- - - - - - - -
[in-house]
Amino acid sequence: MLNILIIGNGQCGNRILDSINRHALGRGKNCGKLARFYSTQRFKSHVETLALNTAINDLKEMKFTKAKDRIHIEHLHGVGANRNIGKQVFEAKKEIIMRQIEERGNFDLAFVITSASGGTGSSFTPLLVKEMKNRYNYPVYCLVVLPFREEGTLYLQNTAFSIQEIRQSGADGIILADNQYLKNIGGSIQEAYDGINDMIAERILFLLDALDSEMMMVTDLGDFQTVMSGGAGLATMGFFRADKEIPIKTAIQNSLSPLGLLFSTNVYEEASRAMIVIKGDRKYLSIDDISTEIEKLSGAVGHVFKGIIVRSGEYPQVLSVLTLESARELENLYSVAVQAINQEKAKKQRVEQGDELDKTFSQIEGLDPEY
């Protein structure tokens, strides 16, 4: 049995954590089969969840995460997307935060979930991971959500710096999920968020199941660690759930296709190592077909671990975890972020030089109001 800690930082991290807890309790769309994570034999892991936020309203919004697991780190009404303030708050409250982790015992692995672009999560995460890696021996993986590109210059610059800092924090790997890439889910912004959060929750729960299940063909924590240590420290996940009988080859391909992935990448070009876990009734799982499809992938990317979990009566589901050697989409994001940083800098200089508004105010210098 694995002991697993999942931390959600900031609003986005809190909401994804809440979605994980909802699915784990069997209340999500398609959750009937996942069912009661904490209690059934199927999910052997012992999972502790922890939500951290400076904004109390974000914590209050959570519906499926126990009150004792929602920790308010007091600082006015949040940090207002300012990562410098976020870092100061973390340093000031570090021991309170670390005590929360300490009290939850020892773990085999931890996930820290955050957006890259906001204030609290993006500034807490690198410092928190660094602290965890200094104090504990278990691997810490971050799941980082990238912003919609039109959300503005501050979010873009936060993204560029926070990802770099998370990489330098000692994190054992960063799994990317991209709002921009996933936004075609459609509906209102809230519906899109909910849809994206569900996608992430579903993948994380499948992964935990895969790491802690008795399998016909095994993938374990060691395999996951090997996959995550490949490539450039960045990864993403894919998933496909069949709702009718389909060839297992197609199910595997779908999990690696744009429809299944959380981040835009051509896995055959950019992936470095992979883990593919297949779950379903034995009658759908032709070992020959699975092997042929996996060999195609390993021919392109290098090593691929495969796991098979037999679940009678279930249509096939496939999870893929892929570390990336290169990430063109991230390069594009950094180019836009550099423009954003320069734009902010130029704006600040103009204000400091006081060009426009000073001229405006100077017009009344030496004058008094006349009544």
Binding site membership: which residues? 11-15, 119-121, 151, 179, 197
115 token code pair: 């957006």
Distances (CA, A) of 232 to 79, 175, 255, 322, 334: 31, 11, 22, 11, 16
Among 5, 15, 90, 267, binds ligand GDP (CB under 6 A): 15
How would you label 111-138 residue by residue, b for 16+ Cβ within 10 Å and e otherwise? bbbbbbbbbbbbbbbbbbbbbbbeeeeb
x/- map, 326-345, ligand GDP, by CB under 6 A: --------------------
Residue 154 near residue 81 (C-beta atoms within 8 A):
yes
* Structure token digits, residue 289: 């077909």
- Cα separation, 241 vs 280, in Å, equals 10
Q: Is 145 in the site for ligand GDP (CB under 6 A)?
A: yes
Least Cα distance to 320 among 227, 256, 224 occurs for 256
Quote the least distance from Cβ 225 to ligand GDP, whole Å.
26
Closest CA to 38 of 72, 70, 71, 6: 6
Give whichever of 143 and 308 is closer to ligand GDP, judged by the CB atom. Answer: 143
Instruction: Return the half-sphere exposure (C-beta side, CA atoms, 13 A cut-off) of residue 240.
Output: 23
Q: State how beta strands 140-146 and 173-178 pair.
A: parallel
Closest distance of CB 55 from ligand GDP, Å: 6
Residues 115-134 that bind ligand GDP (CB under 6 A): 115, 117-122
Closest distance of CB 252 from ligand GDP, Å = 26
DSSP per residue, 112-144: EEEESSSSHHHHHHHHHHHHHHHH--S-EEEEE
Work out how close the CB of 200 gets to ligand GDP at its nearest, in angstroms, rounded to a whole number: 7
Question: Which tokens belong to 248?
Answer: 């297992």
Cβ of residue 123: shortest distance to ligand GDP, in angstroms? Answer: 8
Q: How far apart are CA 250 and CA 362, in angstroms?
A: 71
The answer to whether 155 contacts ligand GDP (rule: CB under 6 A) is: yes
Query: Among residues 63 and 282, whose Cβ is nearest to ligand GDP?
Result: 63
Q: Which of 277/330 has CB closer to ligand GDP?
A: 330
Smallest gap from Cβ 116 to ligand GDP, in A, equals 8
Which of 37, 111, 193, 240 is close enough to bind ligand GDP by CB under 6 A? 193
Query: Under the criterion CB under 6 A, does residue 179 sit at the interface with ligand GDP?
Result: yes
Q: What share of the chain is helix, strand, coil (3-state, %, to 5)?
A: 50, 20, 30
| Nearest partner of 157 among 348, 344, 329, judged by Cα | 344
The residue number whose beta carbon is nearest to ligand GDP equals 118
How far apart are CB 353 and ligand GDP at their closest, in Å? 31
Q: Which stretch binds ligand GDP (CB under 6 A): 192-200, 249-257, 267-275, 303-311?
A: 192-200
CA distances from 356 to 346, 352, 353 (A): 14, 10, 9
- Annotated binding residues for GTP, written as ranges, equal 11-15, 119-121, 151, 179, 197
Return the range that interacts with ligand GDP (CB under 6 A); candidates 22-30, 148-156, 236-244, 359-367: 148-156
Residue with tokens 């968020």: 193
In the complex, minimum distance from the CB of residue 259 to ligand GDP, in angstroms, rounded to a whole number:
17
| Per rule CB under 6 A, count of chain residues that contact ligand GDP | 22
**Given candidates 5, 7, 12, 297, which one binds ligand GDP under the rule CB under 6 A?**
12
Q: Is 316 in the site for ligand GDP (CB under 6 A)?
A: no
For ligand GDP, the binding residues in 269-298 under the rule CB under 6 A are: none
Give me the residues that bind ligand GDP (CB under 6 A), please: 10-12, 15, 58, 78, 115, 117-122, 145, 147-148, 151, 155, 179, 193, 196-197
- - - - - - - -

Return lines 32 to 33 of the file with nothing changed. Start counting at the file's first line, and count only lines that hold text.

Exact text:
Cβ of residue 123: shortest distance to ligand GDP, in angstroms? Answer: 8
Q: How far apart are CA 250 and CA 362, in angstroms?